I know that the main difference between the two is that a battery can provide a constant voltage whereas a capacitor's voltage decreases as the charge stored decreases. But what about the internal structure ? A battery also has chemical reactions going inside of it while a polarized capacitor also has an electrolytic structure. So is there or is there not any difference between the internal workings of a polarized capacitor and a battery?


Batteries produce a charge difference across the terminals as a result of a chemical reaction. A chemical gets changed into another one. Even in a rechargeable battery a chemical change takes place that is reversed.

An electrolytic capacitor uses chemistry to create a thin layer with an electric field across it. The thinner layer than a "regular" capacitor allows more charge to be stored in a smaller space. But the fundamental difference is that there is no chemical change when a capacitor is charged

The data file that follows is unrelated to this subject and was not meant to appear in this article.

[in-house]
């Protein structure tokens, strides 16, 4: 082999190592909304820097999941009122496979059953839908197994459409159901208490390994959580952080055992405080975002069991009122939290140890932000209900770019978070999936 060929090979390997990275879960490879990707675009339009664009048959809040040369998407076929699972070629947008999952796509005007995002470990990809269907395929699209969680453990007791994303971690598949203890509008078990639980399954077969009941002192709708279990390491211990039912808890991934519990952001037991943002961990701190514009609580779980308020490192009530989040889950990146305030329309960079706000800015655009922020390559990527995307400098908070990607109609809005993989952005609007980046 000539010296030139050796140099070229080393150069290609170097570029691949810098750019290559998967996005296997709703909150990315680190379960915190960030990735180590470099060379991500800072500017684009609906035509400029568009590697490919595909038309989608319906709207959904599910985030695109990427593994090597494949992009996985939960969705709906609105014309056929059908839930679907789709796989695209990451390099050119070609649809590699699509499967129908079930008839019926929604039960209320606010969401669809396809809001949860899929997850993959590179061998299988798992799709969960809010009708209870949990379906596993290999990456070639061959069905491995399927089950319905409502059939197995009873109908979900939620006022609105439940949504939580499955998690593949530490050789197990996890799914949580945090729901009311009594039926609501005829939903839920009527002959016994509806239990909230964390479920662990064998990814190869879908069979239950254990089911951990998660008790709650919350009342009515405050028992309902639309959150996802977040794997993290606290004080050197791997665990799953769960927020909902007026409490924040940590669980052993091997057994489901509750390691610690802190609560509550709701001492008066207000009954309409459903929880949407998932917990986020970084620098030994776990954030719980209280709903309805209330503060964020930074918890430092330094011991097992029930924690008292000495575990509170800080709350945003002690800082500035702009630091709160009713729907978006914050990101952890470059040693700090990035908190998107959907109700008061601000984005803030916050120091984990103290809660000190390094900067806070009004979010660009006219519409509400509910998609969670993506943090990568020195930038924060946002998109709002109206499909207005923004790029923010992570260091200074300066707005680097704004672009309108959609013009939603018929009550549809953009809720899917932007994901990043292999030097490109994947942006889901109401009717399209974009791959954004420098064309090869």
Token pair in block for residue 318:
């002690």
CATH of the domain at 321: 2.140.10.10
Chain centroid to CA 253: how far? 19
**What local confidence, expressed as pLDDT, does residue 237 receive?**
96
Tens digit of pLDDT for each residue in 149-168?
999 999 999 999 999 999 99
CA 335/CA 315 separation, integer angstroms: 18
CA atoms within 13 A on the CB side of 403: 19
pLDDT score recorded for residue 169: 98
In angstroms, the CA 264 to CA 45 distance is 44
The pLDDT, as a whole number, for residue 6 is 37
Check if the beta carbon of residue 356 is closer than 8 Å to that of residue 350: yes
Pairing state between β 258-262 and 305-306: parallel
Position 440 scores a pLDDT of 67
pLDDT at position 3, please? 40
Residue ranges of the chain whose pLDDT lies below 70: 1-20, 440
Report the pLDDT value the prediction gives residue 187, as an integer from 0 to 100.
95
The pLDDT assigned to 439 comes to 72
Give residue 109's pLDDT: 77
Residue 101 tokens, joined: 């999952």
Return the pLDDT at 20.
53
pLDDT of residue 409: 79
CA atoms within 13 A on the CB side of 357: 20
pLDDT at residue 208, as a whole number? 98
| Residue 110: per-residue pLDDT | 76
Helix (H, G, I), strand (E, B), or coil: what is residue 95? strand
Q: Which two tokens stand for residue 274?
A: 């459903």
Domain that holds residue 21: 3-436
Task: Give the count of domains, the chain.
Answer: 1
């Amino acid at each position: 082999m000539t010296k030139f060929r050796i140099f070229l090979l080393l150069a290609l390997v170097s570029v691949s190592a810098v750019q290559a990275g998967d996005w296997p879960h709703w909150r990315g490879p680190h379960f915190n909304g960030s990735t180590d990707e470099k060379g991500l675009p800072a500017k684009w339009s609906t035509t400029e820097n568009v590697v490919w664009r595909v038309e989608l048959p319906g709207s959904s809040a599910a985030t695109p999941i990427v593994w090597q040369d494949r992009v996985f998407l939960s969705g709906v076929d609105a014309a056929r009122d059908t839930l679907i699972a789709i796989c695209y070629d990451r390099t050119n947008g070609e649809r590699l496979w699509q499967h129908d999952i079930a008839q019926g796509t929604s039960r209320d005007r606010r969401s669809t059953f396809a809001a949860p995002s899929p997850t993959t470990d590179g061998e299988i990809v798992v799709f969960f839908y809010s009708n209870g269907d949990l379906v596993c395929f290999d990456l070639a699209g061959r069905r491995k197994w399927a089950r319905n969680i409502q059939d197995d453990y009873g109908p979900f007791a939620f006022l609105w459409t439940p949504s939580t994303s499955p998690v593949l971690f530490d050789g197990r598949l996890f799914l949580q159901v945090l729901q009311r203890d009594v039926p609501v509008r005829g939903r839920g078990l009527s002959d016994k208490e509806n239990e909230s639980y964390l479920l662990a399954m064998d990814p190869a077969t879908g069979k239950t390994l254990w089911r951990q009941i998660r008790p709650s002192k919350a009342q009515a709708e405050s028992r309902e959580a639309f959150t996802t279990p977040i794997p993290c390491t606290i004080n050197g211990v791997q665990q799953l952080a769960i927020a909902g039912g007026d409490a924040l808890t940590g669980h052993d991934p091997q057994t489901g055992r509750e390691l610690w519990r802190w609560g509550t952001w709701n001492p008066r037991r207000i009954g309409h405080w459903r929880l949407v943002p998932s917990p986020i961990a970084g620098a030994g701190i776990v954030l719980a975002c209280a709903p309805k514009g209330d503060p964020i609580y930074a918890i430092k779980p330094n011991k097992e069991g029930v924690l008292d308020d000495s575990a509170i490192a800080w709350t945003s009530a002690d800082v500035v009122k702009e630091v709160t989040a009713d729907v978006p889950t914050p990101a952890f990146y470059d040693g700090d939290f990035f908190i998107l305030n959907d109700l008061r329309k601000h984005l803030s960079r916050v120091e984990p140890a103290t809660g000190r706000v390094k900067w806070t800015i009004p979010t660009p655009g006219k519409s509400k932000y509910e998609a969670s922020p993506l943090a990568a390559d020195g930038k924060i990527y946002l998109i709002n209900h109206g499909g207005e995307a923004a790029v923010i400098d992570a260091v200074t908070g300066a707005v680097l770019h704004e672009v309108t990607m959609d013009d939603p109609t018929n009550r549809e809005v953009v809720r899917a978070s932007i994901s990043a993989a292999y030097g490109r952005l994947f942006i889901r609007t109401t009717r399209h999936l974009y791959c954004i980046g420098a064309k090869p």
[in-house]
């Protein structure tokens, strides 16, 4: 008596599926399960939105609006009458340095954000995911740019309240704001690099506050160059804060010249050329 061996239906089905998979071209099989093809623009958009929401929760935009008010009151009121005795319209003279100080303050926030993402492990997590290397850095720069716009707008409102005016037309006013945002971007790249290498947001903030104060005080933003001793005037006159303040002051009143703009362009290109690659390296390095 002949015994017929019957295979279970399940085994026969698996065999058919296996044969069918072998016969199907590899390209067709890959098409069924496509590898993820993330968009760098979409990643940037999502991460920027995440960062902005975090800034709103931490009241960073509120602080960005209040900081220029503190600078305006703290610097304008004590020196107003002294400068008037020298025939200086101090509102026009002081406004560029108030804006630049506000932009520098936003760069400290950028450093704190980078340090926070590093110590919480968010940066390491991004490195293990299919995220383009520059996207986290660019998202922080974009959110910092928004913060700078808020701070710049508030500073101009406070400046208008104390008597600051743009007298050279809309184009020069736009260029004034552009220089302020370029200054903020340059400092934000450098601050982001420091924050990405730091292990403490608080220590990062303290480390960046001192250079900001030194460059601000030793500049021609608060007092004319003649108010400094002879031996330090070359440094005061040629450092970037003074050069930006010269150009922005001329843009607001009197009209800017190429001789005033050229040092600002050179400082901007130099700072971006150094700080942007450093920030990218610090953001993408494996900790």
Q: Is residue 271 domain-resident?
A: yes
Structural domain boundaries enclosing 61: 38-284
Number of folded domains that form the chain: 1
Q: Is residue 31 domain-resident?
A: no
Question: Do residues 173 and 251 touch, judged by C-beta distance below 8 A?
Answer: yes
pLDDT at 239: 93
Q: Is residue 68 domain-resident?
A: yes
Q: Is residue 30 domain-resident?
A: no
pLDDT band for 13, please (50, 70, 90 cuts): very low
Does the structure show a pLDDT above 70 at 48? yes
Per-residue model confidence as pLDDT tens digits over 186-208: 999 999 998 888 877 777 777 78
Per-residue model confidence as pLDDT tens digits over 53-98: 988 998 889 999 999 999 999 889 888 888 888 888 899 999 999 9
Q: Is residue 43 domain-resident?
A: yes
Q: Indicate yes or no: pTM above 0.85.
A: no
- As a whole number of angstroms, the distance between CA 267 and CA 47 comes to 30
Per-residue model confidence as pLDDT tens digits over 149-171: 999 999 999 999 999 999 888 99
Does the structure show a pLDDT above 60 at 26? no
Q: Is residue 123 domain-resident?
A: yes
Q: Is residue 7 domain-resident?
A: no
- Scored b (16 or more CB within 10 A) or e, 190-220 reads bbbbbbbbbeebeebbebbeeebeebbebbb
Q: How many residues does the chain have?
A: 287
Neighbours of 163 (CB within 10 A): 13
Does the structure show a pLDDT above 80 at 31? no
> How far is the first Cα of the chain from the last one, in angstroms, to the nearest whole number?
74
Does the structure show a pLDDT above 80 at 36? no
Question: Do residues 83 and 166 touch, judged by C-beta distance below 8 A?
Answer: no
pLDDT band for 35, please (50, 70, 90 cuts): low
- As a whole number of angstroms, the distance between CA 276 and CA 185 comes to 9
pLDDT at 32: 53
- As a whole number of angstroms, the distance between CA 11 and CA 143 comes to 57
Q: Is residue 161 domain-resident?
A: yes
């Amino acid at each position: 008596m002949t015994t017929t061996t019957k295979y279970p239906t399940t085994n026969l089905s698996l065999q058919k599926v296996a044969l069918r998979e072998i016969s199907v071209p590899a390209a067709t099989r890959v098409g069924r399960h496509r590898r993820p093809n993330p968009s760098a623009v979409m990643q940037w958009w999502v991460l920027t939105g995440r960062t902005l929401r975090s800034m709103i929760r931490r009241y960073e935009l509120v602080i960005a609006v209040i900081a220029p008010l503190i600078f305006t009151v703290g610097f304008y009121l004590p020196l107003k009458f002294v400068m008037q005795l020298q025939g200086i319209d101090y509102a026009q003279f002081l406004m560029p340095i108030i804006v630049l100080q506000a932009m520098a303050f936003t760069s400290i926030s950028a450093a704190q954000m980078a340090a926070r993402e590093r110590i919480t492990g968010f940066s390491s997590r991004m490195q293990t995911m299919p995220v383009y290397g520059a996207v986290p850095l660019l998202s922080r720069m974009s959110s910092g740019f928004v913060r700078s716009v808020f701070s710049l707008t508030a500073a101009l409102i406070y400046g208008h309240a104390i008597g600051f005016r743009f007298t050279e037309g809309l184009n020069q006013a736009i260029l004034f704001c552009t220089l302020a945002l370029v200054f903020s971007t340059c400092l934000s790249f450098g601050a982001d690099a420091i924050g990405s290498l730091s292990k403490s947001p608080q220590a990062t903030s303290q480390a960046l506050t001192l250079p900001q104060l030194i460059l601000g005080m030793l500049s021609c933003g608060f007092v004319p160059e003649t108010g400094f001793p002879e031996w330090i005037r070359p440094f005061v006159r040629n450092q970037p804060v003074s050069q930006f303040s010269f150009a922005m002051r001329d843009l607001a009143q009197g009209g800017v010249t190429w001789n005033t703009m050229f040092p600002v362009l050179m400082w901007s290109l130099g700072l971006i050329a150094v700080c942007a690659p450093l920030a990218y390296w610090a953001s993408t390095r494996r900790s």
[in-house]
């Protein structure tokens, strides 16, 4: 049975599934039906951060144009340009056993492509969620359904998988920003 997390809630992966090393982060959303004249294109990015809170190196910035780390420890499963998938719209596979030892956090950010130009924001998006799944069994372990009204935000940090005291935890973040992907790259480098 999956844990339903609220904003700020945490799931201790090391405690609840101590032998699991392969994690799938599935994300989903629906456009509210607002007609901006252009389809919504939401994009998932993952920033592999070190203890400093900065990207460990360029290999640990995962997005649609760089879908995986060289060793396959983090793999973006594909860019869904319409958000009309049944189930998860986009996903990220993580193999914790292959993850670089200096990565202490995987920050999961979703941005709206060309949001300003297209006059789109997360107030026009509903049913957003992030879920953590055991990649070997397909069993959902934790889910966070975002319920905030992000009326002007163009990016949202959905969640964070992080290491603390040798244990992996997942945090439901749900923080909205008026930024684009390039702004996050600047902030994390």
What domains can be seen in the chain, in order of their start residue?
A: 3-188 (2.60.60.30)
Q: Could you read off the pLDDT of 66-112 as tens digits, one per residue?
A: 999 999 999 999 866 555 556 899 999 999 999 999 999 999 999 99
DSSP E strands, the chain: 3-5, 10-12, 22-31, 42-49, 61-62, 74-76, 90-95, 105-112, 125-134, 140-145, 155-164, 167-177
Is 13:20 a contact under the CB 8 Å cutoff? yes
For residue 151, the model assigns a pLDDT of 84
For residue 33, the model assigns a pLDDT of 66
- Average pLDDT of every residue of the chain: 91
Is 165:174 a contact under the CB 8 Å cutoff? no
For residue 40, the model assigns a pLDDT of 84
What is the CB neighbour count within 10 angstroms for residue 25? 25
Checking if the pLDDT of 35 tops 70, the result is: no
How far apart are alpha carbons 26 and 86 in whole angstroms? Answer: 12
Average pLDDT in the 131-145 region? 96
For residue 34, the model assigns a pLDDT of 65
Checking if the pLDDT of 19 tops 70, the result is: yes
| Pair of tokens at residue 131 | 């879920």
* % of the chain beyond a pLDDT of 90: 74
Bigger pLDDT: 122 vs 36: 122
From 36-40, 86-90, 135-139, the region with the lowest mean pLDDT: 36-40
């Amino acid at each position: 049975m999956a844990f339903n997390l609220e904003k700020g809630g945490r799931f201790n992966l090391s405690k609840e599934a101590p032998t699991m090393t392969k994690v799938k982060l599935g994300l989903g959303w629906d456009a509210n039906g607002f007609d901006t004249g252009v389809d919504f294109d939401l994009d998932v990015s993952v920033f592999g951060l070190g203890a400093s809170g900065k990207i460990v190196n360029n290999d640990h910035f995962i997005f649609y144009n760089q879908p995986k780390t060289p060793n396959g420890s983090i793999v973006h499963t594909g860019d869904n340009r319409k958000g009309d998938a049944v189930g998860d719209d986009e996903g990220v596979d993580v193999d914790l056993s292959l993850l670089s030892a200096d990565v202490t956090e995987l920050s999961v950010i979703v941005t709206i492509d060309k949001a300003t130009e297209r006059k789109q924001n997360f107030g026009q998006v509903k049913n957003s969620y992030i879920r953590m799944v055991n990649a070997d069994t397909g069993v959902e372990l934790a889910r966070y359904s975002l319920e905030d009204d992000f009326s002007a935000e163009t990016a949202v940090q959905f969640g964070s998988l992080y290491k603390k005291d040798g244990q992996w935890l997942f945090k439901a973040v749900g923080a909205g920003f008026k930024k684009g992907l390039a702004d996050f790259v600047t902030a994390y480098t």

• $\begingroup$ and a capacitor once it loses its charge no watthours to replace it. In other words a battery can charge a capacitor but a capacitor cannot charge a battery :). $\endgroup$
    – anna v
    Nov 22 '13 at 10:08
  • $\begingroup$ @annav, a charged capacitor can at least partially charge a battery, i.e., a discharging capacitor supplies power to the attached circuit whether the circuit is a resistor or a battery. $\endgroup$ Nov 22 '13 at 14:01
  • $\begingroup$ @AlfredCentauri true, but very transient, no wattshours $\endgroup$
    – anna v
    Nov 22 '13 at 14:05
  • $\begingroup$ @annav, for example, this 3000F 2.7V capacitor stores 3Wh at rated voltage: maxwell.com/products/ultracapacitors/docs/… $\endgroup$ Nov 22 '13 at 14:21
  • $\begingroup$ @AlfredCentauri my point is that a battery stores appreciable energy for use when needed. A capacitor is not a good choice for energy storage. $\endgroup$
    – anna v
    Nov 22 '13 at 14:24

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